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Senator Kennedy – Our Civil Rights Champion

Posted by Fatima Goss Graves, Vice President for Education and Employment | Posted on: August 26, 2009 at 09:45 pm

by Fatima Goss Graves, Vice President for Education and Employment, 
National Women's Law Center 

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Senator Kennedy: A Champion for Education

Posted by Neena Chaudhry, Senior Counsel and Director of Equal Opportunities in Athletics | Posted on: August 26, 2009 at 09:05 pm

by Neena Chaudhry, Senior Counsel, 
and Dina Lassow, Senior Counsel, 
National Women’s Law Center 

Along with others across the world, we mourn the passing of a legend today.  Senator Kennedy championed many causes, including the right to equal educational opportunities for all, regardless of race, sex, family income, language barriers, or disability.  One of his causes that is particularly near and dear to our hearts is Title IX. 

In addition to being a key supporter for passage of Title IX, Senator Kennedy led the fight to ensure that the reach of the law was as broad as originally intended.  In 1984, the Supreme Court ruled in Grove City College v. Bell that Title IX’s protection against discrimination was limited to the specific programs within a school that received federal funds.  This decision had devastating consequences because it meant that athletics programs, for example, would not be covered unless they received federal funds, which they typically did not.  It also meant that students were only protected against sexual harassment if the harassment took place in a dormitory or classroom that happened to have been built with federal aid – not one across the street.  Senator Kennedy came to the rescue and was the leading author of the Civil Rights Restoration Act of 1988, which overturned the Supreme Court’s Grove City decision and required recipients of federal funds to comply with civil rights laws in all areas, not just in a particular program or activity that receives federal funding.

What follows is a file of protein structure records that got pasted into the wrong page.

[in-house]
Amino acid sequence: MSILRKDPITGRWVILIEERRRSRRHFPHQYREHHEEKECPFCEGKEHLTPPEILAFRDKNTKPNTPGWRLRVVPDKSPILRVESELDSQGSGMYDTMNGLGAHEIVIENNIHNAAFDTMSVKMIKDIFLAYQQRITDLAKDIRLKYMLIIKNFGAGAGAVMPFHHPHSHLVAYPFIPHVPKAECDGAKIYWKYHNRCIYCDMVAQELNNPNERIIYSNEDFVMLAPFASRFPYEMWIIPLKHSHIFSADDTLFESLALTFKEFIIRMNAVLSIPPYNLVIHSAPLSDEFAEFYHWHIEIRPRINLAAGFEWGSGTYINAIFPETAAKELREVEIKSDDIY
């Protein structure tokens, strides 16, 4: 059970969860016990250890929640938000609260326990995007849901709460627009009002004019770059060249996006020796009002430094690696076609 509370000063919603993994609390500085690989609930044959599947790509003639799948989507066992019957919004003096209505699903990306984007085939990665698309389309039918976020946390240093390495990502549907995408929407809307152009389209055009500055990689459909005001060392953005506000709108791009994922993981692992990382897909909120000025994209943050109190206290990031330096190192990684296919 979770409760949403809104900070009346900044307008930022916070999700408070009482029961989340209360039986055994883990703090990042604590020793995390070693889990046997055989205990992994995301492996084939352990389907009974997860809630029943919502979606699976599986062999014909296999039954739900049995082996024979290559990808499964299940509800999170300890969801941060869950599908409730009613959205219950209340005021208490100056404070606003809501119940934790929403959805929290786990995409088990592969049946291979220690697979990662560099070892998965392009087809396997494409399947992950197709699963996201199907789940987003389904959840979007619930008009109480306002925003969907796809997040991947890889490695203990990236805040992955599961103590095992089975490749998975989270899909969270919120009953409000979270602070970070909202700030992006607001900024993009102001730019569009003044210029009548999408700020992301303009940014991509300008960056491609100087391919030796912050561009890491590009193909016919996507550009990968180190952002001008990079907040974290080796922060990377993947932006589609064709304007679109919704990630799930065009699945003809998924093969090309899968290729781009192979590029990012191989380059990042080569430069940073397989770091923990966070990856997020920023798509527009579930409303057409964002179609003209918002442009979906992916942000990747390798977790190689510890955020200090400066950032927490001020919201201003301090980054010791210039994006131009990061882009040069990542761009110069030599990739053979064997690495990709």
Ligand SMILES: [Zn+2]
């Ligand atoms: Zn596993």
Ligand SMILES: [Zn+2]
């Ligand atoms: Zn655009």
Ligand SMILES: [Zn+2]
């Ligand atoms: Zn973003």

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Because of Ted Kennedy…

Posted by Grace Lesser, Program Assistant | Posted on: August 26, 2009 at 08:09 pm

by Grace Lesser, Program Assistant, 
National Women’s Law Center 

The day I graduated from college was electrifying. 10,000 people descended upon the Wesleyan campus – coming from near and far, some had connections to the University and others had never heard of it, some had a passion for politics and some were just curious. Barack Obama was our graduation speaker. It was a blazingly hot day, and as we passed through the metal detectors with our gowns draped over our arms, our excitement was shadowed by the sad reason for then-Senator Obama’s presence. He had come in place of our planned commencement speaker, Senator Ted Kennedy, who had recently been diagnosed with a malignant brain tumor.

Obama’s commencement address focused on the predictable subjects: the breadth of the moment, our new responsibilities, the future to come. But it was also distinctly shaped by the absence and the example of Senator Kennedy. Just as Obama encouraged us stand up to the overwhelming challenges of health care, our educational system, and the environment, he was also channeling the Kennedy legacy. As he spoke about the importance of going into service, he was also referring to the lifelong commitment that Senator Kennedy had made to these very goals.